Present awareness wrote:Dualism, is the grand illusion of abstract thinking. All thoughts are expressed in language and all language is dualistic, since sounds are used representing things which are not sounds.
Of course, there is a difference between a representation (sign) and what it represents.
Present awareness wrote:We may mentally divide our body into thousands of parts, and give them whatever names we choose, but in reality there is no such division.
Nature is not an intrinsically undifferentiated, form- and structureless blob. There are natural classes of things that aren't "conceptual constructs".
"We may philosophize well or ill, but we must philosophize." – Wilfrid Sellars

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Re: Truly, What Is Consciousness?

Post by Belindi » April 11th, 2017, 8:54 am

Consul wrote:
Nature is not an intrinsically undifferentiated, form- and structureless blob. There are natural classes of things that aren't "conceptual constructs".
Can those natural classes that aren't "conceptual constructs" be identified. If not, how do you know?

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Re: Truly, What Is Consciousness?

Post by Consul » April 11th, 2017, 10:05 am

Belindi wrote:
Consul wrote:Nature is not an intrinsically undifferentiated, form- and structureless blob. There are natural classes of things that aren't "conceptual constructs".
Can those natural classes that aren't "conceptual constructs" be identified. If not, how do you know?
(This is off-topic here, so here's just a concise answer:)

"Among all the countless things and classes that there are, most are miscellaneous, gerrymandered, ill-demarcated. Only an elite minority are carved at the joints, so that their boundaries are established by objective sameness and difference in nature."

(Lewis, David. "Putnam's Paradox." 1984. Reprinted in Papers in Metaphysics and Epistemology, 56-77. Cambridge: Cambridge University Press, 1999. p. 65)

That is, natural (non-conventional) classes are identifiable in terms of (observable) objective resemblances or similarities between things. But since there are different degrees of resemblance or similarity, with things being more or less similar to each other, there are also different degrees of naturalness: not all natural classes are equally natural; some are more or less natural than others, with some being perfectly natural and others being imperfectly natural. A perfectly natural class is one whose members are qualitatively identical, i.e. (intrinsically) indistinguishable duplicates, such as the class of electrons: every electron is perfectly similar to any other electron. The classes of elementary particles and the ones of chemical elements are perfectly natural.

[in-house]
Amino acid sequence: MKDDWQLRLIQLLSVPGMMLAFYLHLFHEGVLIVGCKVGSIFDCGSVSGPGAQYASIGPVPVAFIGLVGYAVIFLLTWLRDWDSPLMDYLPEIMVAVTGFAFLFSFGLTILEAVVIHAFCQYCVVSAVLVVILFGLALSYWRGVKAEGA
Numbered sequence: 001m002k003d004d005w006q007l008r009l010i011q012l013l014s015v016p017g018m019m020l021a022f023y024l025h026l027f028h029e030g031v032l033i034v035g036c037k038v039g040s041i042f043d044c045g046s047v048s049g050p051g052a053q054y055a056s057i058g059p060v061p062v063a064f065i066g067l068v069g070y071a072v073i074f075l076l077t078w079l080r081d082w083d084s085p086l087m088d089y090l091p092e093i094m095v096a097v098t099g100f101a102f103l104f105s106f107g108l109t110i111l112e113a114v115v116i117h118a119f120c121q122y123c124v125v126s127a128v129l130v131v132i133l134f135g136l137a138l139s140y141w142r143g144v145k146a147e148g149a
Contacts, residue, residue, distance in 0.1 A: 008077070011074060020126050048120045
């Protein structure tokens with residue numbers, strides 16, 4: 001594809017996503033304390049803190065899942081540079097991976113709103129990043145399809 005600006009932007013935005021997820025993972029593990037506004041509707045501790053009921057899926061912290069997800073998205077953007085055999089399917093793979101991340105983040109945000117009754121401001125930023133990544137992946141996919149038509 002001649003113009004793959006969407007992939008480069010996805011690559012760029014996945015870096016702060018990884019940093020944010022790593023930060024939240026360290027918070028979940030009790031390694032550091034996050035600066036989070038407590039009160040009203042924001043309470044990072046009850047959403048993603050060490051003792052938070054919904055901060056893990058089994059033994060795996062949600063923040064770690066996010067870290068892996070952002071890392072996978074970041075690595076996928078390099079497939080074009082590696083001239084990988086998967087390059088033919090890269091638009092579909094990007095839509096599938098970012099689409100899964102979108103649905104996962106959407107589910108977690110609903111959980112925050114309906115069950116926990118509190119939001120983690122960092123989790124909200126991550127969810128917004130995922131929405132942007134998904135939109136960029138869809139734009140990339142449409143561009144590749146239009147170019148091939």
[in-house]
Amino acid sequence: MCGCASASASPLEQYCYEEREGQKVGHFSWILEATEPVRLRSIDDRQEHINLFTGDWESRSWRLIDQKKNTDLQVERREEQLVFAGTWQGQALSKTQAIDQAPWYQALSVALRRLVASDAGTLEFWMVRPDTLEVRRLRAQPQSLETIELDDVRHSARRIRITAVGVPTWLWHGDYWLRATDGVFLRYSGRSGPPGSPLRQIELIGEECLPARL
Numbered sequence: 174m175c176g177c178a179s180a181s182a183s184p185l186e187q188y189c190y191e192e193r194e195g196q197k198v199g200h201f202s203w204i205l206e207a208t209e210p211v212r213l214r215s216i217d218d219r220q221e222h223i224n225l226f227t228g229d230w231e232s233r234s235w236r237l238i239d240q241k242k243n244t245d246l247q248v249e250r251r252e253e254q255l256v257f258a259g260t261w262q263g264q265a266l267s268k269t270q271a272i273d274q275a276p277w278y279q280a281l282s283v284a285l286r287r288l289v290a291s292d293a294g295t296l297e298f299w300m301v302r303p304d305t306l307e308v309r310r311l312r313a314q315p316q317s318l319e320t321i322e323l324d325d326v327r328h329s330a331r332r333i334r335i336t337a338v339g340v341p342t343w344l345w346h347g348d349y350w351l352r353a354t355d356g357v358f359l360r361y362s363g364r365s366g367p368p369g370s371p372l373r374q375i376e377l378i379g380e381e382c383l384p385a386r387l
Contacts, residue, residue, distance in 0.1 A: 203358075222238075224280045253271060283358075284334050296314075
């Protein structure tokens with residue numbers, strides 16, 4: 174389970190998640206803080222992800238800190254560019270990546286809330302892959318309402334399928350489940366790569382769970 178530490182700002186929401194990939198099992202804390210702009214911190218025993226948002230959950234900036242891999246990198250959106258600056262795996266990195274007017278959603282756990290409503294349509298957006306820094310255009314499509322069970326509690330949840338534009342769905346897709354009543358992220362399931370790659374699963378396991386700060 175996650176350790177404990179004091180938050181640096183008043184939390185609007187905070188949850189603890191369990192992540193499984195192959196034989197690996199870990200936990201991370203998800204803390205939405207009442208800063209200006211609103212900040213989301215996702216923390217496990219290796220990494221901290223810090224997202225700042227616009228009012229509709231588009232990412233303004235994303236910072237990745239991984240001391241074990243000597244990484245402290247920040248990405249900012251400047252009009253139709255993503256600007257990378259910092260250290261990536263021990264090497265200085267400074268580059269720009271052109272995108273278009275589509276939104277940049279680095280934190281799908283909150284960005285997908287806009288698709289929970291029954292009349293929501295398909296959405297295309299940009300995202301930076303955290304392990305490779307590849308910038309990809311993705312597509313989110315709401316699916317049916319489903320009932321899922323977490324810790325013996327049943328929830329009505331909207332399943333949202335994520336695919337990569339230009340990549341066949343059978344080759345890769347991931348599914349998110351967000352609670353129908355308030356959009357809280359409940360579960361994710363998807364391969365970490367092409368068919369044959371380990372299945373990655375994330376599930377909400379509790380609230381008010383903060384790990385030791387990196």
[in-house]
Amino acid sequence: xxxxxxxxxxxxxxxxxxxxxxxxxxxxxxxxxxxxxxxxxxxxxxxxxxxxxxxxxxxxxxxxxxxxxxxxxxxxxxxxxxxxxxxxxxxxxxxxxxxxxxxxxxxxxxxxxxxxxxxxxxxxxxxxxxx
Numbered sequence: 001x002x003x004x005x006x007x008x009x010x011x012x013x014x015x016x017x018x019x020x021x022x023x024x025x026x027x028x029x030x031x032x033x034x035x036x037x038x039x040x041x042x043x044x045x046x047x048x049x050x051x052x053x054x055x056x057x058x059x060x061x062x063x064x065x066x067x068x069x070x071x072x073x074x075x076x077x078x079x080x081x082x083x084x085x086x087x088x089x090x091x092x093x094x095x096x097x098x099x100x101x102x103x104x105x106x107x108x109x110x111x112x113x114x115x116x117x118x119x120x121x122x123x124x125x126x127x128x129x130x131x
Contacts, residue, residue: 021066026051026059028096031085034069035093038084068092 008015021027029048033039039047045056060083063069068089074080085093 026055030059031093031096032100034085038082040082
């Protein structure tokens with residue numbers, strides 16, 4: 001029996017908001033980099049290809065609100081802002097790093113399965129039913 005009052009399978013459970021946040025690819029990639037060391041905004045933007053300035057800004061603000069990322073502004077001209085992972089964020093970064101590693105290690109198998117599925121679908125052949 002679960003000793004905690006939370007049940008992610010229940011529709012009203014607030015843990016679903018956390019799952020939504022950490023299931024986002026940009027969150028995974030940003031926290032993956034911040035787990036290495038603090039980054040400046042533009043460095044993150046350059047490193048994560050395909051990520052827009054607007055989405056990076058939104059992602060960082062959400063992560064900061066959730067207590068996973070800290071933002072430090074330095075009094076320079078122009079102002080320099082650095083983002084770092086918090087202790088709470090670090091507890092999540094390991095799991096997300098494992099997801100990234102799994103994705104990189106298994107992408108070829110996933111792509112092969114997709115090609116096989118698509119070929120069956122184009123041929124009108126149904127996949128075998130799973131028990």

"We may philosophize well or ill, but we must philosophize." – Wilfrid Sellars

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Re: Truly, What Is Consciousness?

Post by Belindi » April 11th, 2017, 11:21 am

Thanks Consul for how to identify natural classes.

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Re: Truly, What Is Consciousness?

Post by Woodart » April 11th, 2017, 1:14 pm

There is a lot of quibbling around here. Is that because people don’t understand the question at hand? Or perhaps it is a good way to avoid the question for lack of a distinct answer?

Consciousness is fundamentally self-awareness. This means I am aware I exist. Sometimes, I am aware it is Tuesday or that my shoes are untied. When I first get up in the morning, I may not know what day it is, or if I have shoes on; but I know – this is me. The question is, as I see it, what is being aware? I am aware of me first – then, if I am hungry, horny, aching, sleepy, happy – sad or mad. I think it is very valid to ask why am I aware? And why I feel a certain way – say horny and mad. But what is the “stuff” of awareness? I think the key understanding lies in the realm of perception of self. I see and hold a picture of myself in my mind’s eye – consciousness. Why do I have a picture and how did I get it?

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Re: Truly, What Is Consciousness?

Post by Belindi » April 11th, 2017, 1:21 pm

Woodart wrote:There is a lot of quibbling around here. Is that because people don’t understand the question at hand? Or perhaps it is a good way to avoid the question for lack of a distinct answer?

Consciousness is fundamentally self-awareness. This means I am aware I exist. Sometimes, I am aware it is Tuesday or that my shoes are untied. When I first get up in the morning, I may not know what day it is, or if I have shoes on; but I know – this is me. The question is, as I see it, what is being aware? I am aware of me first – then, if I am hungry, horny, aching, sleepy, happy – sad or mad. I think it is very valid to ask why am I aware? And why I feel a certain way – say horny and mad. But what is the “stuff” of awareness? I think the key understanding lies in the realm of perception of self. I see and hold a picture of myself in my mind’s eye – consciousness. Why do I have a picture and how did I get it?

But those people who experience multiple selfs, or those demented persons who lose sense of self, are conscious.